2015 GMC Sierra Elevation Edition Gets Sporty Looks

More stealth, less chrome. ...

More stealth, less chrome.

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Infiniti’s new BMW Series coupe rival is coming

Infiniti has confirmed to TopGear.com that in 2015 will unveil a two-door coupe to take on the BMW 4 Series. Shiro Nakamura, chief creative officer of Infiniti and senior VP of Nissan, told TG his plans to take on the BMW 4 Series. “I want to m...

Infiniti has confirmed to TopGear.com that in 2015 will unveil a two-door coupe to take on the BMW 4 Series. Shiro Nakamura, chief creative officer of Infiniti and senior VP of Nissan, told TG his plans to take on the BMW 4 Series. “I want to make a two-door coupe. It’s coming, you’ll see it within one year. It’ll be a production version, a little bit bigger than a BMW 4-Series, but not as big as a 6-Series,” he said.

Infiniti’s new BMW Series coupe rival is coming

Infiniti Q50 shown here “As you know, always our sizes are a little bit in between BMW’s sizes. Look at the Q50, that’s between the 3-Series and 5-Series,” he added. Furthermore, Shiro noted how the two-door coupe would take design elements and cues from the upcoming Paris Motor Show concept, the Q80. The shift in strategy comes after former Infiniti boss Johan de Nysschen only last year noted how he wanted the brand to remain exclusive, how “we don’t want an Infiniti on every single driveway”. READ ALSO: BMW Exec gets the Infiniti CEO job Shiro is looking in the other directions. “We need volume,” he says. “Otherwise you cannot invest. We’re hoping the Q30 will bring big volume, particularly from Europe and China, because it’s the most affordable Infiniti. Without volume you can’t do anything. This industry is so tough. “Aston Martin for example, can be niche because they’re expensive cars, but we cannot price ourselves any higher than Mercedes-Benz (on whose A-Class platform the new Q30 hatch sits),” Shiro added. The Infiniti Q80 will be launched next year and a halo performance based of it could follow as well. The article Infiniti’s new BMW Series coupe rival is coming appeared first on BMW BLOG

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A Guide to Understanding Carbon Fiber Weaves and Fabrics

Carbon fiber originated for aerospace use, but as it has become more usable this material expanded into the automotive industry.  It has several properties that make it a superior product for so many automotive applications.  Properties such as hi...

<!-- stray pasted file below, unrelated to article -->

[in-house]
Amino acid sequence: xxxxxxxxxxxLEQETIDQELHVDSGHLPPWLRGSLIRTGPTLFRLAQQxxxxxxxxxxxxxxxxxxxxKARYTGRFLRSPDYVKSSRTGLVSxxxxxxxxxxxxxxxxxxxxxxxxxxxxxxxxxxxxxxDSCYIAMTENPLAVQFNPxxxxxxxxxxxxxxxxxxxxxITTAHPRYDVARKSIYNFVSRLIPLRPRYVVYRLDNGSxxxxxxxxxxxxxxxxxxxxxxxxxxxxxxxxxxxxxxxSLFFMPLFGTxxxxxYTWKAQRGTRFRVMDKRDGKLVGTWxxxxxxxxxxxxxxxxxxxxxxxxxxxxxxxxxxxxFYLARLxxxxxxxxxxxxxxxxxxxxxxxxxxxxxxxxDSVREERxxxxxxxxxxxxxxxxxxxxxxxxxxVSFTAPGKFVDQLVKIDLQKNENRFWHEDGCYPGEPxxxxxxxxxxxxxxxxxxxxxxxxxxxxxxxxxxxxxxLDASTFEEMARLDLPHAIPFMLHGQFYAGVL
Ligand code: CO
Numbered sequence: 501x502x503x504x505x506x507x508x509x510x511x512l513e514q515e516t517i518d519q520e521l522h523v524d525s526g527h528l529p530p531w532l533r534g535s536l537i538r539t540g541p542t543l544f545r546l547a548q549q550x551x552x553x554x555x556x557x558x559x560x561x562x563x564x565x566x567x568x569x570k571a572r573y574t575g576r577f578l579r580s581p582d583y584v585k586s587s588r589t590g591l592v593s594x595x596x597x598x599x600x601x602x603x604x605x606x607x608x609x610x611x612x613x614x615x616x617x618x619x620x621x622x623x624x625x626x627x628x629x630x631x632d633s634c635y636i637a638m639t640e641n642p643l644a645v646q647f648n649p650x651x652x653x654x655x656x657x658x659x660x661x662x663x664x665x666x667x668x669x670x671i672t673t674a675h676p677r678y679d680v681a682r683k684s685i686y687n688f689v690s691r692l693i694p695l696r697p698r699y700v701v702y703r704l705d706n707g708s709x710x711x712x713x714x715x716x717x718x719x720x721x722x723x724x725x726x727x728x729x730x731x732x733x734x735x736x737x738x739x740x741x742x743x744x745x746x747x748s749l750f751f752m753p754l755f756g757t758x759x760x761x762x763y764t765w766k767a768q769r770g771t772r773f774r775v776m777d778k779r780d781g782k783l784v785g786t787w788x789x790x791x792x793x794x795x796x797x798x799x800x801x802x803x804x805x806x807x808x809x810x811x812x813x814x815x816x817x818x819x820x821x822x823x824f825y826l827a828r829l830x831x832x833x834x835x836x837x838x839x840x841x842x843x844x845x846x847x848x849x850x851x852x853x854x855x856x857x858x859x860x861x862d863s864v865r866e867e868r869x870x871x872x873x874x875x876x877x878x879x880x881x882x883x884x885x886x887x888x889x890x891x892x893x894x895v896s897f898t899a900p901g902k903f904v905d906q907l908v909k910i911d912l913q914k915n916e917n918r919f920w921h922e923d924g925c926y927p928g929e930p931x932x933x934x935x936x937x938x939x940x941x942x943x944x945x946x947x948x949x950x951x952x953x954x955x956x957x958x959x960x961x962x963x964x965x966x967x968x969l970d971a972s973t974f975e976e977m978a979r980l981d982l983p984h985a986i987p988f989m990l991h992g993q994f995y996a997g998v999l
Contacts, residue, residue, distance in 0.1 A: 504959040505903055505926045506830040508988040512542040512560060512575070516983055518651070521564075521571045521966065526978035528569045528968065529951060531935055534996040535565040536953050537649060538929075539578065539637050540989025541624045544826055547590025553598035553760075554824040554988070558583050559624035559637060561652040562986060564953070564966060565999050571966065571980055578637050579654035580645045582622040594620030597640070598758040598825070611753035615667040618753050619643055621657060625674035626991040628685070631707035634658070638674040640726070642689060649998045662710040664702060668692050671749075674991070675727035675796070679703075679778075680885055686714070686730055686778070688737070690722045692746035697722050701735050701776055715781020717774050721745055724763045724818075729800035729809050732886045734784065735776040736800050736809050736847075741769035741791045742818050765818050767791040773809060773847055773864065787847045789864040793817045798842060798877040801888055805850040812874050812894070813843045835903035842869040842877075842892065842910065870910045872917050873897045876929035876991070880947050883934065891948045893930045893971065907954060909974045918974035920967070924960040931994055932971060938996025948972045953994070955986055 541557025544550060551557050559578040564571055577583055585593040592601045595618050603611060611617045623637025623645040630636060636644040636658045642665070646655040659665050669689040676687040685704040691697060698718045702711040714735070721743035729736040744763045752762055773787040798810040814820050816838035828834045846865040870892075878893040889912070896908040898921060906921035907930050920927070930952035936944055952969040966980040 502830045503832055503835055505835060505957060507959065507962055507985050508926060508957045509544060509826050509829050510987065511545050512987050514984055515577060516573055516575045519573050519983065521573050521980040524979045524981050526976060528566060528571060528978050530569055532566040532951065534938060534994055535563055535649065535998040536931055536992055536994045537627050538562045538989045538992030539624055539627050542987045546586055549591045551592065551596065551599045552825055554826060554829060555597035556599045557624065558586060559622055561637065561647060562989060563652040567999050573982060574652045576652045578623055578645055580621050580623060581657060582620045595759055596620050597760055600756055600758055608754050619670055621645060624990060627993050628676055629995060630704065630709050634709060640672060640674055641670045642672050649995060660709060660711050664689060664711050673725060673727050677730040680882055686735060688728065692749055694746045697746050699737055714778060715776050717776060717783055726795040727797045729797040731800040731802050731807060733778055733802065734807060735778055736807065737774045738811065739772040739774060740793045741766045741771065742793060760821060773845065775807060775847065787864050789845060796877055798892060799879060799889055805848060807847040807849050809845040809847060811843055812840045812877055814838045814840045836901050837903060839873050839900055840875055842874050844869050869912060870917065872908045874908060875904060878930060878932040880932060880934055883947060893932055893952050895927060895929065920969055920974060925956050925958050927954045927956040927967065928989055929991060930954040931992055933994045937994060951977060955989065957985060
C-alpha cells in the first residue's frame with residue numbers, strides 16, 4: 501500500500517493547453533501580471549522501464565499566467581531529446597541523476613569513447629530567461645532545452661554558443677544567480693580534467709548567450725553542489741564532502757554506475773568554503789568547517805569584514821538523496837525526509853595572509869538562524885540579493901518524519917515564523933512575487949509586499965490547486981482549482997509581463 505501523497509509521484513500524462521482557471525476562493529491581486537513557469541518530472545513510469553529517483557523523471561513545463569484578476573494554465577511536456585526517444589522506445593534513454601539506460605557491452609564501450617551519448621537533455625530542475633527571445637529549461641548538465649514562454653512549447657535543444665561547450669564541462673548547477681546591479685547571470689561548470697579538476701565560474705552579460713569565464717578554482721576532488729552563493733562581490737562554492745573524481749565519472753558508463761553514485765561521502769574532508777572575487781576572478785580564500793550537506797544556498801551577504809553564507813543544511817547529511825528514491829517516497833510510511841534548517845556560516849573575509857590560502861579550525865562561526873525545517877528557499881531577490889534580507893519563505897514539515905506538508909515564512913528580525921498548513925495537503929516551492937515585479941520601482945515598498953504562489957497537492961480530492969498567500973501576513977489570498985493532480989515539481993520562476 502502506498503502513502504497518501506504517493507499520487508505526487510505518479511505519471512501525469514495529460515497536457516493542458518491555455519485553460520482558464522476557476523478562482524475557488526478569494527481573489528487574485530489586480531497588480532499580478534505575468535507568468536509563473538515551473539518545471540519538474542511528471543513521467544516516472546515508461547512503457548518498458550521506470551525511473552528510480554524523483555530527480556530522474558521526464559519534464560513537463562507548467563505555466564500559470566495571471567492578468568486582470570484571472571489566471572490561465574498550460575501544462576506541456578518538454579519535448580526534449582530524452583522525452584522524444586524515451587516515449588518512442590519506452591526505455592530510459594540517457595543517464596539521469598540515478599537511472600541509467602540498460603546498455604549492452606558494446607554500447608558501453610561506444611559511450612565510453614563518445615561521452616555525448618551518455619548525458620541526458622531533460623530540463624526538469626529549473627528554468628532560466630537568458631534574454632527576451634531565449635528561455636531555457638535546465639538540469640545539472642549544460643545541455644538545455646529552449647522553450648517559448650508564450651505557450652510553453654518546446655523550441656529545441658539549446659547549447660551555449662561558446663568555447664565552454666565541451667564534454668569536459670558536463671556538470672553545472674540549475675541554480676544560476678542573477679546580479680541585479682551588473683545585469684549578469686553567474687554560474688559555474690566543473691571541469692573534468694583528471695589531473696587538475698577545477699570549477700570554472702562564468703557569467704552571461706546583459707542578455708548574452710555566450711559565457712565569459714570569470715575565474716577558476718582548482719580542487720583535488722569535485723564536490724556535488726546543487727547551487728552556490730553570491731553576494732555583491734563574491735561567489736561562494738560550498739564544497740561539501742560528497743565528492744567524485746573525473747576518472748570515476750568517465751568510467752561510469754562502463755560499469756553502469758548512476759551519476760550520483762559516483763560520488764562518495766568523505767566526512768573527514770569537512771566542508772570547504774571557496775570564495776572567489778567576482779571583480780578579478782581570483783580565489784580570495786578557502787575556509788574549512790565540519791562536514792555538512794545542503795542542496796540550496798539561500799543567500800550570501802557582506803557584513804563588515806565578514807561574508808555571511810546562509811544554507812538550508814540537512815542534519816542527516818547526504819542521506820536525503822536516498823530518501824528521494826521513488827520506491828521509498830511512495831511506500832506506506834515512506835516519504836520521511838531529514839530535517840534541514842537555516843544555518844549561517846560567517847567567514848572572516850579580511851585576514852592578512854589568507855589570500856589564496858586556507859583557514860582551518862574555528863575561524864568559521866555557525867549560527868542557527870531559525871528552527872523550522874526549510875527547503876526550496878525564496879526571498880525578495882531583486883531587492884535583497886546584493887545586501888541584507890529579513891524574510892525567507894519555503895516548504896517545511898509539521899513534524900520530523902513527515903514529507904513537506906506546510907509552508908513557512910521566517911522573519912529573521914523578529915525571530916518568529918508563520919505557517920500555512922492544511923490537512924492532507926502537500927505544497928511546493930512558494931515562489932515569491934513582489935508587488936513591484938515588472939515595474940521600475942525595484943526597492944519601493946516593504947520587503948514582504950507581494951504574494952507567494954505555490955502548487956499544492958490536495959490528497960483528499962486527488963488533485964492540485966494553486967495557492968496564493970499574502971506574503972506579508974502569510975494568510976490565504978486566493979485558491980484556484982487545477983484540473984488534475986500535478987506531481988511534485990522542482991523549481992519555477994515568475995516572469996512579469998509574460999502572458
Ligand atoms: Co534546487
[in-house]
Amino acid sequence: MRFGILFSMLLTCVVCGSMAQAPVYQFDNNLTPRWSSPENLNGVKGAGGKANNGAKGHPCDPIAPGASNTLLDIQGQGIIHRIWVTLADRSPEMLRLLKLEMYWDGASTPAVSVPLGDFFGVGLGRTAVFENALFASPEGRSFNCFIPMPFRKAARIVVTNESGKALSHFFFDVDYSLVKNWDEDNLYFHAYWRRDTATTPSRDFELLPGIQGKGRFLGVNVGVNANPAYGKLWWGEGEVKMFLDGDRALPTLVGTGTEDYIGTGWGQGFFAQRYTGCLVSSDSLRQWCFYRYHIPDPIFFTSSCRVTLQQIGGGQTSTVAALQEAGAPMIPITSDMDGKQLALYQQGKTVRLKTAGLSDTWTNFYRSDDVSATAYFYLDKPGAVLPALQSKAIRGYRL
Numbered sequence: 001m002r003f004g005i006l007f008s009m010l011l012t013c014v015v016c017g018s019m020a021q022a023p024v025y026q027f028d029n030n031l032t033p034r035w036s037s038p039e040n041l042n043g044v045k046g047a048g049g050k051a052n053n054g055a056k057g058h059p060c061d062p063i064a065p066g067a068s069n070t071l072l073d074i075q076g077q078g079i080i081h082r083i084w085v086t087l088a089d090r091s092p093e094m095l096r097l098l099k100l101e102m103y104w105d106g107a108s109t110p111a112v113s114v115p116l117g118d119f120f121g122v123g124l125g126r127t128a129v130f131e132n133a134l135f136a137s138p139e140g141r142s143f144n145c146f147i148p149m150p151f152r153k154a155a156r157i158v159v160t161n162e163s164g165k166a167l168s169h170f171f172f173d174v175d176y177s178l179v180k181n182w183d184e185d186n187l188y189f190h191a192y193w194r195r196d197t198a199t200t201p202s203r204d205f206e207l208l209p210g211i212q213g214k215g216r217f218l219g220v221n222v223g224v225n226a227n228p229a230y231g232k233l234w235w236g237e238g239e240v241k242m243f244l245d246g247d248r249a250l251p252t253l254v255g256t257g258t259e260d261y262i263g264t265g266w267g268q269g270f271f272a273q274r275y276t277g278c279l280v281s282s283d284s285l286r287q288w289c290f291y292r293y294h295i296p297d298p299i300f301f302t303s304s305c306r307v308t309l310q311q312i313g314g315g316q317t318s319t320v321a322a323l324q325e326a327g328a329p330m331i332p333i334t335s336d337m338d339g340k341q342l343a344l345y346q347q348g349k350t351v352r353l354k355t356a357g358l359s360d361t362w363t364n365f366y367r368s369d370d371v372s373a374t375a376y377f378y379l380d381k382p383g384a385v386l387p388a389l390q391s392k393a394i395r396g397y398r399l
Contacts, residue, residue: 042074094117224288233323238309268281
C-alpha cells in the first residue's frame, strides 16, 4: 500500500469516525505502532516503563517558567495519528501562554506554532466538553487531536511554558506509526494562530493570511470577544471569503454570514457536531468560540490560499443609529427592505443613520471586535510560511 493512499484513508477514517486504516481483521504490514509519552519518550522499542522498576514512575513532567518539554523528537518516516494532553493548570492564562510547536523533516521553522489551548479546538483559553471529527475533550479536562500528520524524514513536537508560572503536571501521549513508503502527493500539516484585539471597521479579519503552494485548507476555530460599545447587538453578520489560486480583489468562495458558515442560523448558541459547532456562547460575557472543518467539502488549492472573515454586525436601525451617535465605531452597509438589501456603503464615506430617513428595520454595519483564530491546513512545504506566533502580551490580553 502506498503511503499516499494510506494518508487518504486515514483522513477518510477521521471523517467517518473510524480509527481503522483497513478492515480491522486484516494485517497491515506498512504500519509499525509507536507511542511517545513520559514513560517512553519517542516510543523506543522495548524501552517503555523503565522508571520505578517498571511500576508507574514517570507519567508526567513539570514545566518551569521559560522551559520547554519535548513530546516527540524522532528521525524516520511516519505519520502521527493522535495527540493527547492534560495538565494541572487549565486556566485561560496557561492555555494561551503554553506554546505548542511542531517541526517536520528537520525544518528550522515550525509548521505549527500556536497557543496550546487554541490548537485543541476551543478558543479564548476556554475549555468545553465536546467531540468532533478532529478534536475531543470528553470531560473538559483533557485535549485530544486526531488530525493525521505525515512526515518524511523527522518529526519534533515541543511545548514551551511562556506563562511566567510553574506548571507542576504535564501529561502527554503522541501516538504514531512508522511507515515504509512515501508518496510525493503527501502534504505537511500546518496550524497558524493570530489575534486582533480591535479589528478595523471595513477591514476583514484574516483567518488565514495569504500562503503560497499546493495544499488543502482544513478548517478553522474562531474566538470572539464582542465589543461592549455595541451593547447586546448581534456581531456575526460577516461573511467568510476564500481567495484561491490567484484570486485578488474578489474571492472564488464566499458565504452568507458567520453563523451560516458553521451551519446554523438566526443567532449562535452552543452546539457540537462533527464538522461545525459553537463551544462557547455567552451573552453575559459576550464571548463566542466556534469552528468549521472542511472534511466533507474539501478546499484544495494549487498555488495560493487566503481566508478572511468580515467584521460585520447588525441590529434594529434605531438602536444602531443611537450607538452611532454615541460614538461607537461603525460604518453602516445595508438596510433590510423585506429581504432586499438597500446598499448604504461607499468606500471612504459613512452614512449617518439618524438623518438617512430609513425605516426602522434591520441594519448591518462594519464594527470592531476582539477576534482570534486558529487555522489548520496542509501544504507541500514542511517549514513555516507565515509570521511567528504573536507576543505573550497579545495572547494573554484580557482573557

Carbon fiber originated for aerospace use, but as it has become more usable this material expanded into the automotive industry.  It has several properties that make it a superior product for so many automotive applications.  Properties such as high rigidity, tensile strength, chemical resistance,  temperature tolerance, and with a low weight and thermal expansion. Carbon Fiber is a material that consisted of thousands of carbon atom fibers in diameters of 5 to 10 micrometers.  In order for RW Carbon to produce carbon fiber products like front lip spoilers, rear diffusers, trunk spoilers, trunks, hood and many more, the carbon atom crystals must be bonded together in a symmetrical and parallel pattern.  This alignment gives the carbon fiber its strength and the ability to be lightweight.  Thousands to millions of these carbon fibers are bundled together to form carbon fabric. From there a mold must be made of the desired aero piece.  In order to form your favorite carbon fiber parts and accessories, resin must be added to the carbon fabric and then molded.  When a perfect mixture/ratio of carbon fabric and resin is used the parts become extremely rigid and take on a very high strength-to-weight-ratio. Strength- to-Weight-Ratio: Every carbon fiber aero part that is designed has its own special number of layers of fibers to create a perfect ratio of strength, weight and stiffness.  This is why carbon fiber is so limitless when it comes to the design aspect.  Metal on the other hand is more limited on the shape it can provide.  Carbon fiber composites typically weigh a quarter of the weight of steel, but has the same amount of rigidity, making it 4 times as stiff on a weight-to-weight basis. To many potential carbon fiber buyers, determining why a particular type of carbon fiber is used over another can be quite confusing. Lets first break down the different categories of Carbon Fiber Woven Fabrics. 1. 2×2 Twill Weave The 2×2 twill weave is by far the most common carbon fiber fabric used in the automotive industry. This fabric type follows a distinct diagonal pattern. When you think about a 2×2 carbon weave look at it as a pattern that goes over two intersecting warps and under two (hence why it is called 2×2). This makes the fabric more pliable and looser. That means it can be applied more easily because it can be stretched to curves and contours with fewer complications. However, this also means the applicator needs to handle the weave more carefully than a plain or 1×1 weave as it is simple to leave slight distortions in the weave.